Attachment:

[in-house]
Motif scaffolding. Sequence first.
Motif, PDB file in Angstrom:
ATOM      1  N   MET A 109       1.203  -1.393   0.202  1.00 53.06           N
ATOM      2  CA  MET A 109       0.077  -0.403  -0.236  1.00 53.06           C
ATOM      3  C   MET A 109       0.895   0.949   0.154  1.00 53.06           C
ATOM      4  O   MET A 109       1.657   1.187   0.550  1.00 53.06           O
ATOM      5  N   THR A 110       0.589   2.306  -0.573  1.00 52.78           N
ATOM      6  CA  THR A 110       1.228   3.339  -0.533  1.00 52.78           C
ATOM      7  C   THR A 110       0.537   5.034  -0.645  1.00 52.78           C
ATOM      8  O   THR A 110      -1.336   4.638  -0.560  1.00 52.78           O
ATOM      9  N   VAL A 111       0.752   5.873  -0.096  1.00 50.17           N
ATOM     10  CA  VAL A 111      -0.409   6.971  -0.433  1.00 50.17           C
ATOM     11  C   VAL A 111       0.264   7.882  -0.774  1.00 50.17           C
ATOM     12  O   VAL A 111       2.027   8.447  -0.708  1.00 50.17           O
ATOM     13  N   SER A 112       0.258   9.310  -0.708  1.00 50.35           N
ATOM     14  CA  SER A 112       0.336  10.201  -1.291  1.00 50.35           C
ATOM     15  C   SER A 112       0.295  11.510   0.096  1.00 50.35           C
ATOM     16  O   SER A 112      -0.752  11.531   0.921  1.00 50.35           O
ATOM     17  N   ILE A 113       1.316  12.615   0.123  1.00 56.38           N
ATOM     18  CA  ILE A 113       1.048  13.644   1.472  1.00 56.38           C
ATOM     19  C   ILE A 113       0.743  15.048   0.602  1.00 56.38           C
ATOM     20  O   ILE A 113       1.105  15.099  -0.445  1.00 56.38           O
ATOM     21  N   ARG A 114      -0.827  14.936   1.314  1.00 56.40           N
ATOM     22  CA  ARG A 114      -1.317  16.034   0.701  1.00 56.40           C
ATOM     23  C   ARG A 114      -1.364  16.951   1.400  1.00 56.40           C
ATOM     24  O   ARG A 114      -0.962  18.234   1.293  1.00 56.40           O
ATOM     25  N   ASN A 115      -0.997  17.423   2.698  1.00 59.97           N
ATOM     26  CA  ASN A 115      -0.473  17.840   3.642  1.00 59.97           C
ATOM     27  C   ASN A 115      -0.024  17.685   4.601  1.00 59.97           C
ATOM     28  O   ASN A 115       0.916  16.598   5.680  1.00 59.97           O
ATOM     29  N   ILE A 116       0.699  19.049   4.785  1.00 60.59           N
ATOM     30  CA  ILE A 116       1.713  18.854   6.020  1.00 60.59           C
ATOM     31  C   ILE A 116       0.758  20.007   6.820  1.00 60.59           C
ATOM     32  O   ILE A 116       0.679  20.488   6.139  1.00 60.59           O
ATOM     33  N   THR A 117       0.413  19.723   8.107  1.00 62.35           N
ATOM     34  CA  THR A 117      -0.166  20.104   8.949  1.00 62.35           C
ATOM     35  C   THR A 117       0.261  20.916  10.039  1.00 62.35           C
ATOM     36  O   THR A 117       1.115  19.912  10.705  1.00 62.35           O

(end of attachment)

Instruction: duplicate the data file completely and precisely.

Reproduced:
[in-house]
Motif scaffolding. Sequence first.
Motif, PDB file in Angstrom:
ATOM      1  N   MET A 109       1.203  -1.393   0.202  1.00 53.06           N
ATOM      2  CA  MET A 109       0.077  -0.403  -0.236  1.00 53.06           C
ATOM      3  C   MET A 109       0.895   0.949   0.154  1.00 53.06           C
ATOM      4  O   MET A 109       1.657   1.187   0.550  1.00 53.06           O
ATOM      5  N   THR A 110       0.589   2.306  -0.573  1.00 52.78           N
ATOM      6  CA  THR A 110       1.228   3.339  -0.533  1.00 52.78           C
ATOM      7  C   THR A 110       0.537   5.034  -0.645  1.00 52.78           C
ATOM      8  O   THR A 110      -1.336   4.638  -0.560  1.00 52.78           O
ATOM      9  N   VAL A 111       0.752   5.873  -0.096  1.00 50.17           N
ATOM     10  CA  VAL A 111      -0.409   6.971  -0.433  1.00 50.17           C
ATOM     11  C   VAL A 111       0.264   7.882  -0.774  1.00 50.17           C
ATOM     12  O   VAL A 111       2.027   8.447  -0.708  1.00 50.17           O
ATOM     13  N   SER A 112       0.258   9.310  -0.708  1.00 50.35           N
ATOM     14  CA  SER A 112       0.336  10.201  -1.291  1.00 50.35           C
ATOM     15  C   SER A 112       0.295  11.510   0.096  1.00 50.35           C
ATOM     16  O   SER A 112      -0.752  11.531   0.921  1.00 50.35           O
ATOM     17  N   ILE A 113       1.316  12.615   0.123  1.00 56.38           N
ATOM     18  CA  ILE A 113       1.048  13.644   1.472  1.00 56.38           C
ATOM     19  C   ILE A 113       0.743  15.048   0.602  1.00 56.38           C
ATOM     20  O   ILE A 113       1.105  15.099  -0.445  1.00 56.38           O
ATOM     21  N   ARG A 114      -0.827  14.936   1.314  1.00 56.40           N
ATOM     22  CA  ARG A 114      -1.317  16.034   0.701  1.00 56.40           C
ATOM     23  C   ARG A 114      -1.364  16.951   1.400  1.00 56.40           C
ATOM     24  O   ARG A 114      -0.962  18.234   1.293  1.00 56.40           O
ATOM     25  N   ASN A 115      -0.997  17.423   2.698  1.00 59.97           N
ATOM     26  CA  ASN A 115      -0.473  17.840   3.642  1.00 59.97           C
ATOM     27  C   ASN A 115      -0.024  17.685   4.601  1.00 59.97           C
ATOM     28  O   ASN A 115       0.916  16.598   5.680  1.00 59.97           O
ATOM     29  N   ILE A 116       0.699  19.049   4.785  1.00 60.59           N
ATOM     30  CA  ILE A 116       1.713  18.854   6.020  1.00 60.59           C
ATOM     31  C   ILE A 116       0.758  20.007   6.820  1.00 60.59           C
ATOM     32  O   ILE A 116       0.679  20.488   6.139  1.00 60.59           O
ATOM     33  N   THR A 117       0.413  19.723   8.107  1.00 62.35           N
ATOM     34  CA  THR A 117      -0.166  20.104   8.949  1.00 62.35           C
ATOM     35  C   THR A 117       0.261  20.916  10.039  1.00 62.35           C
ATOM     36  O   THR A 117       1.115  19.912  10.705  1.00 62.35           O